Human Papillomavirus Vaccination for Men

Advancing Policy and Practice

Peter A Newman; Ashley Lacombe-Duncan


Future Virology. 2014;9(12):1033-1047. 

In This Article

HPV Vaccination for Men

The quadrivalent HPV vaccine (HPV4; Gardasil) is 90% effective in preventing a variety of types of HPV infection and genital warts in young men,[2] and anal epithelial neoplasias that are precursors to anal cancer.[28] The vaccine protects against low-risk types HPV-6 and HPV-11, which are associated with genital warts, and high-risk types HPV-16 and HPV-18, which are associated with various cancers.[3]

The US Advisory Committee on Immunization Practices (ACIP) licensed HPV4 for boys and young men in 2009, 3 years after licensing HPV4 for girls.[1] HPV4 is recommended for boys aged 11–21 years, with approval for administration up to age 26, in order to prevent genital warts and anal cancer.[29] HPV4 is also recommended for MSM through the age of 26.[29] The high effectiveness of the HPV4 vaccine, along with increasing evidence of causal links between HPV-16 and anal, penile and oral cancers,[15,16,30,31] indicate that HPV4 vaccination programs can significantly reduce the burden of HPV-related diseases and cancers among men.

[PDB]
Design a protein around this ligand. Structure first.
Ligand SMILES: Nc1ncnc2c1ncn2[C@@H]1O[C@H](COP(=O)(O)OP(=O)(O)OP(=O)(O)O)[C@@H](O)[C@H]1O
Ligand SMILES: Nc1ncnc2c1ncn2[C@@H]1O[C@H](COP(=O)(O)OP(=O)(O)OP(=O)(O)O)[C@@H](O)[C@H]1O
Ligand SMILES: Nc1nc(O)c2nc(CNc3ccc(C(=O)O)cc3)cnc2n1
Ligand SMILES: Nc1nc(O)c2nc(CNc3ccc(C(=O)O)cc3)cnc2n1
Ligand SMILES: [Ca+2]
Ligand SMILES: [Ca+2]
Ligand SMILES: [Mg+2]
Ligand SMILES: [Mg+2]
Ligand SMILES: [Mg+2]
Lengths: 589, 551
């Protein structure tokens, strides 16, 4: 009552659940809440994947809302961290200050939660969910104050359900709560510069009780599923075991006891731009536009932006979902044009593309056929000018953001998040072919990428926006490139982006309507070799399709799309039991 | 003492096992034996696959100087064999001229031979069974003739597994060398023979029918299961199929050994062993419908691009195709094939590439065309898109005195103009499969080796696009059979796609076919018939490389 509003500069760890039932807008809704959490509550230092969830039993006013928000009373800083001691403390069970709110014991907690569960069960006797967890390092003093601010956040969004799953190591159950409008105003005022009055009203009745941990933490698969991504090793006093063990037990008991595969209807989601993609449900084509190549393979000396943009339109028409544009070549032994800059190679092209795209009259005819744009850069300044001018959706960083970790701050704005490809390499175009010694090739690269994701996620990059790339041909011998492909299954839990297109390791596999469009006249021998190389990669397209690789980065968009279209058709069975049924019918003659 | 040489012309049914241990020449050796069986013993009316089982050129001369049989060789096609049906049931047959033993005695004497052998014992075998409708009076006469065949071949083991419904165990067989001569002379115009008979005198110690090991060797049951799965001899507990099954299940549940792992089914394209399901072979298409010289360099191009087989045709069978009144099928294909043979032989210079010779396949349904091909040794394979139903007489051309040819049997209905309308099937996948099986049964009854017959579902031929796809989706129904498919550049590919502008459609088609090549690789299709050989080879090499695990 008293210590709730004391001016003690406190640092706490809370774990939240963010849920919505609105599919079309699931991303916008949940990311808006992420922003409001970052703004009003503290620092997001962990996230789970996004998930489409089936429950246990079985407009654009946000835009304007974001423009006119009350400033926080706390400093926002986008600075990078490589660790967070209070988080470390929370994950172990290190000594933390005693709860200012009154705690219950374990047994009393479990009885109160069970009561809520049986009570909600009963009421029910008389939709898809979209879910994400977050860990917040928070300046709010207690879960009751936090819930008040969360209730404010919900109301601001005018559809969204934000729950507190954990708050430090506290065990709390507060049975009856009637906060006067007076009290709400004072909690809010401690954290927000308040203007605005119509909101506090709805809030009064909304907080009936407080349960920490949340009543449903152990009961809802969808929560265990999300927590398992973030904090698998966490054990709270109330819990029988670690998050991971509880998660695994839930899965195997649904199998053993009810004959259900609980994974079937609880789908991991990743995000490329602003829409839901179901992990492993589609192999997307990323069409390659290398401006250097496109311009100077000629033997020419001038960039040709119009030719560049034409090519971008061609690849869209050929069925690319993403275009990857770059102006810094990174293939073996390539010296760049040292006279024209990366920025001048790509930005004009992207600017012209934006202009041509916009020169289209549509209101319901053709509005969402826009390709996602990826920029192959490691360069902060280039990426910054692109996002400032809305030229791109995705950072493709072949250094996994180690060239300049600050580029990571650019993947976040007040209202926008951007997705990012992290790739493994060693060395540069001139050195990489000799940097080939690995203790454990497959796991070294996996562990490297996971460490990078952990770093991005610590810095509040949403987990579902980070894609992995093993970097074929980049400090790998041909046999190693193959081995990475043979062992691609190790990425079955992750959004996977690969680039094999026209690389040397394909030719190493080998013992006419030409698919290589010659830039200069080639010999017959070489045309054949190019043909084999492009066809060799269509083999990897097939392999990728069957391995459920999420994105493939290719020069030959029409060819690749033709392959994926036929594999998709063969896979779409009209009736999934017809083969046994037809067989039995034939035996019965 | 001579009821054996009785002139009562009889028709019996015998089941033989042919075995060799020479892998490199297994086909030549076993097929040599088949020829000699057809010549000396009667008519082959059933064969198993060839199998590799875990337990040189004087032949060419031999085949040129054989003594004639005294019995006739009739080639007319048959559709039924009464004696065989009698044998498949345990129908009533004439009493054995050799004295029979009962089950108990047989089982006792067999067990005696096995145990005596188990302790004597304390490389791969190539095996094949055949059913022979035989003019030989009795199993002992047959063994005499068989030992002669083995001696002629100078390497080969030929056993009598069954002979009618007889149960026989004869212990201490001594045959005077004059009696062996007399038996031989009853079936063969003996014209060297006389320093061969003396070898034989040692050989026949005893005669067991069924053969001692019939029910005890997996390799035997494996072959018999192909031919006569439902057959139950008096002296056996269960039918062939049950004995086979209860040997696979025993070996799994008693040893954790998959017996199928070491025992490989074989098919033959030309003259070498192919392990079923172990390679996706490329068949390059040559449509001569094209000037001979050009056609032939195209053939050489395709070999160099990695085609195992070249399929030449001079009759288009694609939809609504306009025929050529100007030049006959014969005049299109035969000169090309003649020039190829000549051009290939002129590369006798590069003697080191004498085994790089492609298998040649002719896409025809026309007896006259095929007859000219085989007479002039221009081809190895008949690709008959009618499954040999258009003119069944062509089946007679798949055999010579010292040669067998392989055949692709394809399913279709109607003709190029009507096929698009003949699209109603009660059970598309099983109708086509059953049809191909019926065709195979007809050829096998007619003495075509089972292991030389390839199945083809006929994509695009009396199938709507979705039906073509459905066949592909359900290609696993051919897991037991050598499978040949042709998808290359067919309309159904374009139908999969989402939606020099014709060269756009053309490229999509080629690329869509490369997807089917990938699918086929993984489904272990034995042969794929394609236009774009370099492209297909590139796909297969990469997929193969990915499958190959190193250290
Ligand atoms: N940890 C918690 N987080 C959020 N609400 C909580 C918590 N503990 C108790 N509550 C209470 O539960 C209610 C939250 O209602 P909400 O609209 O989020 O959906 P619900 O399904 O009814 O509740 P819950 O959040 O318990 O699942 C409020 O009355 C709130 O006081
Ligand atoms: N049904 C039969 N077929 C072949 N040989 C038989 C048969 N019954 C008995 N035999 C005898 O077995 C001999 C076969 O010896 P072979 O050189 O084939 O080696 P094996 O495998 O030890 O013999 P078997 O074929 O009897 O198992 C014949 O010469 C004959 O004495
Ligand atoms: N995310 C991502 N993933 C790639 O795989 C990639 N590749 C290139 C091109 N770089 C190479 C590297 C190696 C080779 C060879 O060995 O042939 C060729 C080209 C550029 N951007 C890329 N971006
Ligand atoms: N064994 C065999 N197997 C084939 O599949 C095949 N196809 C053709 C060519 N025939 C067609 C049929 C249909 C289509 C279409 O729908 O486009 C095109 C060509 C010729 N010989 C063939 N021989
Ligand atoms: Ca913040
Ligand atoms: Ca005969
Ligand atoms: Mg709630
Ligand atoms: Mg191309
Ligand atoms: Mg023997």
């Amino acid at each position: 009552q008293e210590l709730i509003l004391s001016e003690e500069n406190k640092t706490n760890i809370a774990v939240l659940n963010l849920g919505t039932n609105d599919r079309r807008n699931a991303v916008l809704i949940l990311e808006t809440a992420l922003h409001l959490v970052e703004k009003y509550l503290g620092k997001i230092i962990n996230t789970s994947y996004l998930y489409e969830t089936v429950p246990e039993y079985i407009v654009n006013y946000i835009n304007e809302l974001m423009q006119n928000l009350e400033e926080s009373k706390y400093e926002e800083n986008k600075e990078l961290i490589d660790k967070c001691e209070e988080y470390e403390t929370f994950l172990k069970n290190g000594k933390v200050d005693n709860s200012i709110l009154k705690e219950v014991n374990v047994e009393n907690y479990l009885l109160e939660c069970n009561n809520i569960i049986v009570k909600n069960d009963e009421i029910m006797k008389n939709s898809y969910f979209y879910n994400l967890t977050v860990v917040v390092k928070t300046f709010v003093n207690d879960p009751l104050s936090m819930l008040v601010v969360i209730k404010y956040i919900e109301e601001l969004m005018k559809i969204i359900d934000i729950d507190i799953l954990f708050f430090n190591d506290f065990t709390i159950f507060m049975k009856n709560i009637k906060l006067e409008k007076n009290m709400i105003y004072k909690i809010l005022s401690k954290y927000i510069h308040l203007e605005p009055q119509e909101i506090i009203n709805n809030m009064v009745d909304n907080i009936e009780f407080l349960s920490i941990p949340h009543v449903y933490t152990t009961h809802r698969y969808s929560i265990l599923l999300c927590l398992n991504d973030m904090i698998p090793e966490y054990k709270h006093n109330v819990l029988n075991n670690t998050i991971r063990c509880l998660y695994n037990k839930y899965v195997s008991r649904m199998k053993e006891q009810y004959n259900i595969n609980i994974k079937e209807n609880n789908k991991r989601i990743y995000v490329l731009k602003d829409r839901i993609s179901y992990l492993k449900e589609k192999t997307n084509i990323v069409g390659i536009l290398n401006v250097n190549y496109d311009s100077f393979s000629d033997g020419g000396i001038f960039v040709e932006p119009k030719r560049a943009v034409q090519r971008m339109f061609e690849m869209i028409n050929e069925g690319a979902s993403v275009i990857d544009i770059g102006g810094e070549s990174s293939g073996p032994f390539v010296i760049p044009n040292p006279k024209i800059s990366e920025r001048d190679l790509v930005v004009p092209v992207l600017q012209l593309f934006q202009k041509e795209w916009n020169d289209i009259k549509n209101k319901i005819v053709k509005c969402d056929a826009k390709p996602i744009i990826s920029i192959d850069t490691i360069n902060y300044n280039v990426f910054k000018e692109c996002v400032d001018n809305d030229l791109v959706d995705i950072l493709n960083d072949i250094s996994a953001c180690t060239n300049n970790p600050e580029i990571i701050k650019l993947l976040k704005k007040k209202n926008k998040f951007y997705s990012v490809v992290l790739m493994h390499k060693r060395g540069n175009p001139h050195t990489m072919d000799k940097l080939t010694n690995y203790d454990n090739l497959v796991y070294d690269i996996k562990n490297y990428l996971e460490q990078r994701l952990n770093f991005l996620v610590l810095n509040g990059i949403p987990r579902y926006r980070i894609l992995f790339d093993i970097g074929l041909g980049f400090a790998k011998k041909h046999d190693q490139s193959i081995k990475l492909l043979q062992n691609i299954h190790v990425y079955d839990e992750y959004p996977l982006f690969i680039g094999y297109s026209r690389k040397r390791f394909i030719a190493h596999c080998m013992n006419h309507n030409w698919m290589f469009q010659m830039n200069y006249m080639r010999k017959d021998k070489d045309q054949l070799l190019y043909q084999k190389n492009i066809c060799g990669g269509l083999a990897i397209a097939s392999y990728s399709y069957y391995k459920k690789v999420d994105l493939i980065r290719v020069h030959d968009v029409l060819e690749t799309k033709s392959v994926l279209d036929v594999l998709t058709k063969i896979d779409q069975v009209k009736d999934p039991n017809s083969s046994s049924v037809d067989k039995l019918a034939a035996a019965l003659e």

Nevertheless, in 2013 the proportion of boys in the USA aged 13–17 years who had received at least one dose of HPV4 vaccine was estimated at 34.6%.[32] This represents a significant increase from the 8.3% coverage in 2011; however, only 13.9% of boys aged 13–17 years completed the recommended three-dose HPV4 vaccine series.[32]